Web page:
What Were The Main Causes Of World War II?
World War II era battle and bombing. Image credit: Ivan Cholakov/Shutterstock.com
World War II, which took place between September 1939 and September 1945, was the bloodiest conflict in human history. Though no exact casualty count for the war exists, it is thought that up to 85 million people were killed as a direct or indirect result of the conflict. The war involved all of the world’s great powers, and touched nearly every corner of the globe. On one side was the Axis, led by Germany, Italy, and Japan. On the other side were the Allies, led by the United States, the United Kingdom, France, and the Soviet Union. There were numerous reasons for the outbreak of the Second World War, from the megalomaniac ambitions of ruthless dictators, to the unprovoked attacks on countries that precipitated their entry into the war. Here are the main causes for the outbreak of WWII, humanity’s most destructive conflict.
The Rise Of Dictators And Their Imperialist Ambitions
Benito Mussolini with Hitler on 25 October 1936.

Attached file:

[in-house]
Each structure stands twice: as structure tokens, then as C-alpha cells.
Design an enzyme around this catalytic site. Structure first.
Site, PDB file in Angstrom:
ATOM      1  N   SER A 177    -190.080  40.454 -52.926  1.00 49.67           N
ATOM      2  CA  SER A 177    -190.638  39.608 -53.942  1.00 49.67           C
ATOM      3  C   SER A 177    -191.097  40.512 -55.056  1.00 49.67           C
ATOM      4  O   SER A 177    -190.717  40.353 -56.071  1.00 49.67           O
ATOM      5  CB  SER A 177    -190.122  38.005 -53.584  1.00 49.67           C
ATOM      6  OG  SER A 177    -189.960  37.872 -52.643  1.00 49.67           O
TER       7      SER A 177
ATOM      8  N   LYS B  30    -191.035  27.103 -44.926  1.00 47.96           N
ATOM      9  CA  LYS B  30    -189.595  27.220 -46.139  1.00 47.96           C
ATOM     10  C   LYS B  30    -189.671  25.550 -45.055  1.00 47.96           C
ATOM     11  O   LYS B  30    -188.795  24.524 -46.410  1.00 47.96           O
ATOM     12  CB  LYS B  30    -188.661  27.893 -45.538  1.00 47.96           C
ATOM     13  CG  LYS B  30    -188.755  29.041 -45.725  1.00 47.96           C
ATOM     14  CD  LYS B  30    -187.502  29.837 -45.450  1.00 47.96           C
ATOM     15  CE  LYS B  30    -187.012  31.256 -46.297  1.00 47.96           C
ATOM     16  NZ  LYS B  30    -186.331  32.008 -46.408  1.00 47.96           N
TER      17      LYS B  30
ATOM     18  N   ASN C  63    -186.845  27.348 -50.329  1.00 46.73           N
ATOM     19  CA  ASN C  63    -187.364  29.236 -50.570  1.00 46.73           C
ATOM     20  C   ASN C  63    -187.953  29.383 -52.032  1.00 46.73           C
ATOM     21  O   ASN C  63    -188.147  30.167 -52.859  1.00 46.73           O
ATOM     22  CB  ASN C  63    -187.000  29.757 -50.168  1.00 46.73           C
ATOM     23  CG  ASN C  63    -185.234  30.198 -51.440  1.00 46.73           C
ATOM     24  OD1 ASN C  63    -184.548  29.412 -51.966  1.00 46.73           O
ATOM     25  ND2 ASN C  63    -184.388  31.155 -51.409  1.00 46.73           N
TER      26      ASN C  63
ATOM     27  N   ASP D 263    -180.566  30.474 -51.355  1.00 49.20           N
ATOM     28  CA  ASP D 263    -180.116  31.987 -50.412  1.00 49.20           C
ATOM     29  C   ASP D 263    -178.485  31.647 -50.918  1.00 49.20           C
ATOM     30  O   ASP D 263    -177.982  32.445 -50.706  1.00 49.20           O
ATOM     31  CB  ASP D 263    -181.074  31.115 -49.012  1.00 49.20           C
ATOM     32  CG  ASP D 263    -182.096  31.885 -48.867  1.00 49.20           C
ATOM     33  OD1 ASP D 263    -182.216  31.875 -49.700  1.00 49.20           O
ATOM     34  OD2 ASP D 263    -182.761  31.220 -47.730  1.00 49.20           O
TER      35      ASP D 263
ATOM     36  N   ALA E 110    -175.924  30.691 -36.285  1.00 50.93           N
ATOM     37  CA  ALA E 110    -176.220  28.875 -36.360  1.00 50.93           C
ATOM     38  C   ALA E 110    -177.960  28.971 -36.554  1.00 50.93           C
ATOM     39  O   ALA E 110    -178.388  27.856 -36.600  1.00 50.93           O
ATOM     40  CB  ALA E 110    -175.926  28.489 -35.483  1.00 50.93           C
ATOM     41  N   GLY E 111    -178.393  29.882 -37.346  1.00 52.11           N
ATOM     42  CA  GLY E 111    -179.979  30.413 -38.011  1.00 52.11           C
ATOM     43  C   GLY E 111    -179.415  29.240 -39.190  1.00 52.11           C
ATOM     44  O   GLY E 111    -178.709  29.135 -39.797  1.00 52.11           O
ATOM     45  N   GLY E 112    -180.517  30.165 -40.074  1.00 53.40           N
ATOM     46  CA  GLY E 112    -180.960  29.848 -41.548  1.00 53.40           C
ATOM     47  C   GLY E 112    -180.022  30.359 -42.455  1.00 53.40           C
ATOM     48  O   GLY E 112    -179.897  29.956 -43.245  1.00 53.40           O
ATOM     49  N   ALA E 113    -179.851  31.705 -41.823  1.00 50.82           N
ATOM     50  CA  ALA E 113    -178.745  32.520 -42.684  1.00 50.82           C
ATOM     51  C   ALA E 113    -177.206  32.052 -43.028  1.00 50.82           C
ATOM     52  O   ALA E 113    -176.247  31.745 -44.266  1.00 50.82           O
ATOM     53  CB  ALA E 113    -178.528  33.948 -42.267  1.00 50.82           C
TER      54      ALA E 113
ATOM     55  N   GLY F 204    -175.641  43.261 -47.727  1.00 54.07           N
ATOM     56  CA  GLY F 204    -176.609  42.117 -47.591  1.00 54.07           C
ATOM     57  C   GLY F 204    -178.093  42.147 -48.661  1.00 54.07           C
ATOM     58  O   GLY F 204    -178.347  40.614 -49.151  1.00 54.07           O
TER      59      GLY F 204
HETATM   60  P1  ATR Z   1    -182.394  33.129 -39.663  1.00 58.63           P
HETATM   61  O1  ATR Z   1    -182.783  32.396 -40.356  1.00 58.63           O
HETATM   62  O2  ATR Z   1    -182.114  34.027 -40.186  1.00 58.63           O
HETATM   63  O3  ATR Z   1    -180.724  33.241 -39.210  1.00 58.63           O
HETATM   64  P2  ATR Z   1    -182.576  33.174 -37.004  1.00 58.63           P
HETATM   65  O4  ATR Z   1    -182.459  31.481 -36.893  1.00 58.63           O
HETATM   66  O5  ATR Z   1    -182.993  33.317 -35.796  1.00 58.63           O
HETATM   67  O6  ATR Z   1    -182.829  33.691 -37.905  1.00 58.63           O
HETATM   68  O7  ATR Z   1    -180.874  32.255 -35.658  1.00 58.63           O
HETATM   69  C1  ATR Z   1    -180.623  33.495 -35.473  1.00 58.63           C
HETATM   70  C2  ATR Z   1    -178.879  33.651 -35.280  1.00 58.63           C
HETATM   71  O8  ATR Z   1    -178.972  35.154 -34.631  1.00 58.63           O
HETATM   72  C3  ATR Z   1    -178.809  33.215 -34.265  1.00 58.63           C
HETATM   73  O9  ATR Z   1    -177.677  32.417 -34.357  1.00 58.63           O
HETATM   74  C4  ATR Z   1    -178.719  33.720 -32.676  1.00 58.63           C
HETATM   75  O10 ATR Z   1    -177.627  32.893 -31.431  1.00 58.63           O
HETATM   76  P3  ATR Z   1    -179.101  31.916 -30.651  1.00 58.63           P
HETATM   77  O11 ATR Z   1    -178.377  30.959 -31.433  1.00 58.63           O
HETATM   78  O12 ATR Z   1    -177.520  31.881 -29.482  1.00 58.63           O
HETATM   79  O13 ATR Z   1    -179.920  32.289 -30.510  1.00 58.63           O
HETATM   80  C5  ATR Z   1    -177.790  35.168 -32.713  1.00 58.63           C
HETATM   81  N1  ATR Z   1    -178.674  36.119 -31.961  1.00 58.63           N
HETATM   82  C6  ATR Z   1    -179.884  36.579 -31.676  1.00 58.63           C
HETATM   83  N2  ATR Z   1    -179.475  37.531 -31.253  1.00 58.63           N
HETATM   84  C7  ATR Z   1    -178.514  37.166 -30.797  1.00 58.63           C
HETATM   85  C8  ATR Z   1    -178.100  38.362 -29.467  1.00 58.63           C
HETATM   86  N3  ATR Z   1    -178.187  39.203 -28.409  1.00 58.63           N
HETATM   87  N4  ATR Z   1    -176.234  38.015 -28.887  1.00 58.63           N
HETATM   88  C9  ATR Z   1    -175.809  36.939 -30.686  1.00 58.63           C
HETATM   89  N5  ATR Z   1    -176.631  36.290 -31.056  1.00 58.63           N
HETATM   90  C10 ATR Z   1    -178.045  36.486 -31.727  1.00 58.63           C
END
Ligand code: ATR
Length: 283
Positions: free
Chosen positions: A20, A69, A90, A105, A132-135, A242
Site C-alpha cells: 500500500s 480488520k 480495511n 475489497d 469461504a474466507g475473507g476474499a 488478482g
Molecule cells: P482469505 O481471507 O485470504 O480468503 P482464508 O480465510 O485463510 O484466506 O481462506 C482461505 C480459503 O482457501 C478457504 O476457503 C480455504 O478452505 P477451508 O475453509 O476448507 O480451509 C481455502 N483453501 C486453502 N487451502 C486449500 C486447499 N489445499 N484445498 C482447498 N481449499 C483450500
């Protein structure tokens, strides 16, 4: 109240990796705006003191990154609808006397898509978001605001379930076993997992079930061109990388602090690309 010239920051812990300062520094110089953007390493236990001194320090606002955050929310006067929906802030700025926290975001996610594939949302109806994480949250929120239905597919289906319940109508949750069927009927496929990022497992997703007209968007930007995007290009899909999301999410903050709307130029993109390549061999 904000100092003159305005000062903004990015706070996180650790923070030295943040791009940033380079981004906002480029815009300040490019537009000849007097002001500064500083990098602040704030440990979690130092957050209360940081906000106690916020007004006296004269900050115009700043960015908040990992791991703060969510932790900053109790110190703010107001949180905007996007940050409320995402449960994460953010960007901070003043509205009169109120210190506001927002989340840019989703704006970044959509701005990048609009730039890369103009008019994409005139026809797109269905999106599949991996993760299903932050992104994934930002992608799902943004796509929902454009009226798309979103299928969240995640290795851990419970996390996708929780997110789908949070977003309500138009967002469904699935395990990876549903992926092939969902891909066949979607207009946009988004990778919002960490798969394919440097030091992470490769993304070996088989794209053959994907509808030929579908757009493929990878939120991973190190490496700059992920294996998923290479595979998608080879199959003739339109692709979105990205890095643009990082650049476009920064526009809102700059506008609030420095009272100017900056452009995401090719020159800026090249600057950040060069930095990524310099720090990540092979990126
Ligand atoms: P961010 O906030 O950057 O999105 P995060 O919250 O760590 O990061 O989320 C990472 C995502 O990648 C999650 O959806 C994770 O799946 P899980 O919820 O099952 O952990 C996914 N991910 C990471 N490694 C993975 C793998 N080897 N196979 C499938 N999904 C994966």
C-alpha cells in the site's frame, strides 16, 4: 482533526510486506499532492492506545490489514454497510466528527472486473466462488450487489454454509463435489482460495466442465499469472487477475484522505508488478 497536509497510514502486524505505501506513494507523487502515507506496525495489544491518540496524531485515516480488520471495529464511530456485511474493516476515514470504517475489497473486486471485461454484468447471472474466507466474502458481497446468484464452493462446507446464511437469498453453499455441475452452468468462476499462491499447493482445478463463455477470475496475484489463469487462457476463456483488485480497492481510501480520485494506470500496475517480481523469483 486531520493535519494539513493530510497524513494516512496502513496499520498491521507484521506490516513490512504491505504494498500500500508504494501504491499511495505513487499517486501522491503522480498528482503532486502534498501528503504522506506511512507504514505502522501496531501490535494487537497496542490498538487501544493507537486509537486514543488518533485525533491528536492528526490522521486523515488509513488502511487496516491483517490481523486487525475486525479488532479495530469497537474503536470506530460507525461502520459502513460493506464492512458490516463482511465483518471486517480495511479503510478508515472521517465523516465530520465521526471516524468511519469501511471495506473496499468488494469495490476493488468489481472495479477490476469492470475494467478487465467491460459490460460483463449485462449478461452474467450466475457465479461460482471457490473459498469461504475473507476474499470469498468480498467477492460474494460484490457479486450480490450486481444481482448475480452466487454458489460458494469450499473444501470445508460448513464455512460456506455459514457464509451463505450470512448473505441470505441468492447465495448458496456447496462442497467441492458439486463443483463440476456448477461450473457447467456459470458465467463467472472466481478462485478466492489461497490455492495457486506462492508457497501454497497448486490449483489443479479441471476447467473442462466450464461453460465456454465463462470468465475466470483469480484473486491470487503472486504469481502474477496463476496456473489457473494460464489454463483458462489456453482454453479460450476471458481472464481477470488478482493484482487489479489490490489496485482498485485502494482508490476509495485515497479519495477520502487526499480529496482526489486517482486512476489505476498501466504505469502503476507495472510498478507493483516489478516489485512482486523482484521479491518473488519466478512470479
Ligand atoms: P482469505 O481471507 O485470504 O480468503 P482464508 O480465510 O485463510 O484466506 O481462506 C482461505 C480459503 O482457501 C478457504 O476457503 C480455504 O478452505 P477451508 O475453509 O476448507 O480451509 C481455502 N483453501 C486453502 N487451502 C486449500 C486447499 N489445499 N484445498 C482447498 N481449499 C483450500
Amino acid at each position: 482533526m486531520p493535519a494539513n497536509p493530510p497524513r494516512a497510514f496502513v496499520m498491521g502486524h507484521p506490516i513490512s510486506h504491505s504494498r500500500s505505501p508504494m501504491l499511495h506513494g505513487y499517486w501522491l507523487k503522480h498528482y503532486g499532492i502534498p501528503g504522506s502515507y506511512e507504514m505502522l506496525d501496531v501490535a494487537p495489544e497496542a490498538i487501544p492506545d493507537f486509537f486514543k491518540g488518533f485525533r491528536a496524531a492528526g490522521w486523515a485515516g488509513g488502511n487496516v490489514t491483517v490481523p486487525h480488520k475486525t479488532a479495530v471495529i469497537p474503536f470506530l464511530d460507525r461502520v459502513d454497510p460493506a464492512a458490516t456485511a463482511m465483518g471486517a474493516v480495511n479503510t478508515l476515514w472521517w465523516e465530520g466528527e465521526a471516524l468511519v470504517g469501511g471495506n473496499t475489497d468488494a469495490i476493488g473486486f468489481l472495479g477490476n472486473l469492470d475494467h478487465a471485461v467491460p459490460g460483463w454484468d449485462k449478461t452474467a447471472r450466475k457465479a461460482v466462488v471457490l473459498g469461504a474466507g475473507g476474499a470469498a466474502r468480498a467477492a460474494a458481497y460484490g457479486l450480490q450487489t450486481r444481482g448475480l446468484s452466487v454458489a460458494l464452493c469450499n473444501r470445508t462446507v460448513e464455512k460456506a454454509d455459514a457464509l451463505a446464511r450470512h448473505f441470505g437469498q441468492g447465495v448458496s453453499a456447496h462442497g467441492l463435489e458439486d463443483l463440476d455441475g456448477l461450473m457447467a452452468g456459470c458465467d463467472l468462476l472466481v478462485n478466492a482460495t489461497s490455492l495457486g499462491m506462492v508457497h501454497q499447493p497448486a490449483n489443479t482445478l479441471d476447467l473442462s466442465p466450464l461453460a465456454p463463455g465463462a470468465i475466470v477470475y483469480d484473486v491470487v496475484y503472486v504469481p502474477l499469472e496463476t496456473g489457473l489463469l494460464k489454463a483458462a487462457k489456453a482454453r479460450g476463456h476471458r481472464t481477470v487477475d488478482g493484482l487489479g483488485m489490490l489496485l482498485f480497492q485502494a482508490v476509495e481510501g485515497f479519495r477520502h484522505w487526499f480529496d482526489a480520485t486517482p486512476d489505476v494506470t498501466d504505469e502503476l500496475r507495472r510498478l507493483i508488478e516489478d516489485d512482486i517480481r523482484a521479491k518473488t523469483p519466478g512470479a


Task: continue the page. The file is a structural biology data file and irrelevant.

Before WWII began, two men took power in the countries of Germany and Italy. One was Benito Mussolini, who became Prime Minister of Italy in 1922. The other was Adolf Hitler, who became the Chancellor of Germany in 1933. In just a short time, the two men turned their countries into tyrannical dictatorships. Mussolini sought the resurrection of the Roman Empire, while Hitler sought the formation of a new German empire, the Third Reich, which he wanted to stretch from the Ural Mountains in the east, all the way to the west coast of Europe.
The Treaty Of Versailles And The Desire For Revenge
Treaty of Versailles. Image credit: Auckland War Memorial Museum/Public domain
Hitler was able to ascend to power in Germany in part because he was successful in tapping the anger of the German people in response to the terms of their surrender in the First World War. The Treaty of Versailles compelled Germany to give up large amounts of territory, and pay war reparations, which significantly damaged the German economy. Hitler promised his people revenge against the Allied powers, and the expansion of German power and territory.